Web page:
Self-driving car startup Drive.ai is pulling out of Frisco, Texas — one of its launch cities — later this week, it announced on Monday. The move comes months after it began piloting its driverless tech in Arlington, Texas, and shortly after reports emerged that the San Francisco startup has been actively seeking a buyer.

The reason is twofold, company officials said. Its contract with Frisco, where Drive.ai’s operated a small fleet of autonomous Nissan NV200s shuttles on a single route between an office park and high-end shopping complex, ends later this month. (The City of Frisco opted not to renew it, citing high costs.) And in the roughly six months since it entered the Frisco market, business has remained decidedly sluggish — while 5,000 Frisco riders tried the service, only about 20 percent used it more than once a week, CEO Bijit Halder told Auto News.

“We’ve decided to go big on Arlington,” he said. “What we have been planning for a long time is to … ultimately solve the broader transportation problems that we feel will benefit from our autonomous-vehicle services.”

Toward that end, four additional shuttles — each equipped with lidars, radars, GPS, cameras, and inertial measurement sensors which collect data about the outside world, along with onboard computers that interpret the incoming data in near-real time — will join the three already deployed in Arlington. They’ll ferry passengers on expanded routes connecting the Dallas Cowboys’ stadium, an office park, a convention center, the Texas Rangers ballpark, and the University of Texas at Arlington, and as before, they’ll feature screens that display symbols, emojis, and other visual cues that communicate their next course of action — a lane change or right turn on red, for example — to human drivers and pedestrians around them.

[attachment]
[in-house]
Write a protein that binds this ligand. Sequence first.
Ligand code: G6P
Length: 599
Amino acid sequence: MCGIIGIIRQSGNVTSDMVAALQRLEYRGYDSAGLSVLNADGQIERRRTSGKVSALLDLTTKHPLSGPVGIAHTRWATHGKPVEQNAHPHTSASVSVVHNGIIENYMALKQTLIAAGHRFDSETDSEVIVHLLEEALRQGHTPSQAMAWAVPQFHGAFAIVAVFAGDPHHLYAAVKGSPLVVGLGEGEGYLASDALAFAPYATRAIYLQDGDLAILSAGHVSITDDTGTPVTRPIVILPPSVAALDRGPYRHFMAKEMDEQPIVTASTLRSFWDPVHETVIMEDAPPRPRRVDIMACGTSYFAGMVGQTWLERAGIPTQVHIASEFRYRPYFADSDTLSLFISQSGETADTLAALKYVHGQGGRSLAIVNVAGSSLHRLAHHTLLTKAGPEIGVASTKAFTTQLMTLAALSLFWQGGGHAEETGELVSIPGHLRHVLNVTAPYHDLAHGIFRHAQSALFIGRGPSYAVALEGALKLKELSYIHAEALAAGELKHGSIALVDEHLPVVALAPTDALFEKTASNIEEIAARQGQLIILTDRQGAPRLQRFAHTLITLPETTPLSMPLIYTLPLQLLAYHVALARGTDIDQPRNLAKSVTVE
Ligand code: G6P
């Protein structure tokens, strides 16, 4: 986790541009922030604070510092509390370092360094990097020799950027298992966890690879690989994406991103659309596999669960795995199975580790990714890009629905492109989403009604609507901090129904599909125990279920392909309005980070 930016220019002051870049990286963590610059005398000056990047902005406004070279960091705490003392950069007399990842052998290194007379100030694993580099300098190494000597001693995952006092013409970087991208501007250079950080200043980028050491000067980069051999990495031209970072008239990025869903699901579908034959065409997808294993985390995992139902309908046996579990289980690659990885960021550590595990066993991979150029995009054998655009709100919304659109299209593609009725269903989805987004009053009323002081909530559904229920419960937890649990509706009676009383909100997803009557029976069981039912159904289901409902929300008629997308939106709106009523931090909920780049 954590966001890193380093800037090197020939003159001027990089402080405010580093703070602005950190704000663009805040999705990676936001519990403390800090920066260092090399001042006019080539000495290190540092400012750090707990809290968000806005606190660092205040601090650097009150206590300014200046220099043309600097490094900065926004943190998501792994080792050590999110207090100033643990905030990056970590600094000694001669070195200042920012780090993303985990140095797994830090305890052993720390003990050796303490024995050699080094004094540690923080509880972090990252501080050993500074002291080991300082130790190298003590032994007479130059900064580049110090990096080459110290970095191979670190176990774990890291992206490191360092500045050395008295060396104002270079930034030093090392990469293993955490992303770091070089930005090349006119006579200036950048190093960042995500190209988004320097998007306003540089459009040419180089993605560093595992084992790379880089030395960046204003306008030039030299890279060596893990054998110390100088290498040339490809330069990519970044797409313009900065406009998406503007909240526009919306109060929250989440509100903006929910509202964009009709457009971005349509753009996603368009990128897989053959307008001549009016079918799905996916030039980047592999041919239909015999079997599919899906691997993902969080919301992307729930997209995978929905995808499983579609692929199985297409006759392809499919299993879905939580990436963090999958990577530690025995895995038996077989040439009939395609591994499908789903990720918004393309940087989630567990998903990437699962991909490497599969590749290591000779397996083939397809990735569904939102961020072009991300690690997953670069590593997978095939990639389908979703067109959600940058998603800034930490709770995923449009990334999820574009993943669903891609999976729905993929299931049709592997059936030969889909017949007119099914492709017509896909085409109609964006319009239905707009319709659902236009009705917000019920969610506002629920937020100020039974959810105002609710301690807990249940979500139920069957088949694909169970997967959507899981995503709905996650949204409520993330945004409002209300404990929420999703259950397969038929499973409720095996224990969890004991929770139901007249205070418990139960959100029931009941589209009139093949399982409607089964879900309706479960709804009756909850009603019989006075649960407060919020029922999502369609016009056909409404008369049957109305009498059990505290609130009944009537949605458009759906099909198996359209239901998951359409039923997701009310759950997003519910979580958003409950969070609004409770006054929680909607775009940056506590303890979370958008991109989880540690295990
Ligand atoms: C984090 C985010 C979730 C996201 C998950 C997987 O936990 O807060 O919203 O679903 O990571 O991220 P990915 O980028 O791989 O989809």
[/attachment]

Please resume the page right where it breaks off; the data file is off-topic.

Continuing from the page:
While the vans will initially operate with safety drivers aboard, Drive.ai’s tentatively planning to remove humans from cabins by the end of 2021. Indeed, if all goes according to plan, it’ll join an exclusive club of companies that have deployed level 4 autonomous passenger cars and taxis. Baidu launched level 4 autonomous shuttle buses in more than 10 regions across China earlier this year, and Google spinoff Waymo has tested level 4 vehicles on passengers participating in its Early Rider Program in Chandler, Arizona.

Currently, Drive.ai’s service is paid for by the City of Arlington and the federal government, and will run through October 2019 with an option to extend. “It proves that our solution makes sense. There’s revenue attached to it,” Halder told VentureBeat in an earlier interview, referring to the $343,000 mix of grant and seed funding. “Our partnership with the City of Arlington is a testament to Drive.ai’s ability to develop not only cutting-edge AI technology, but also self-driving services that solve the most pressing transportation problems facing communities today.”

To date, Drive.ai — which was valued at $200 million in 2017 — has raised more than $77 million from New Enterprise Associates, GGV Capital, Northern Light Venture Capital, HOF Capital, Nvidia GPU Ventures, and others. Andrew Ng, formerly Baidu’s chief scientist and a researcher at Stanford, sits on the company’s board of directors.




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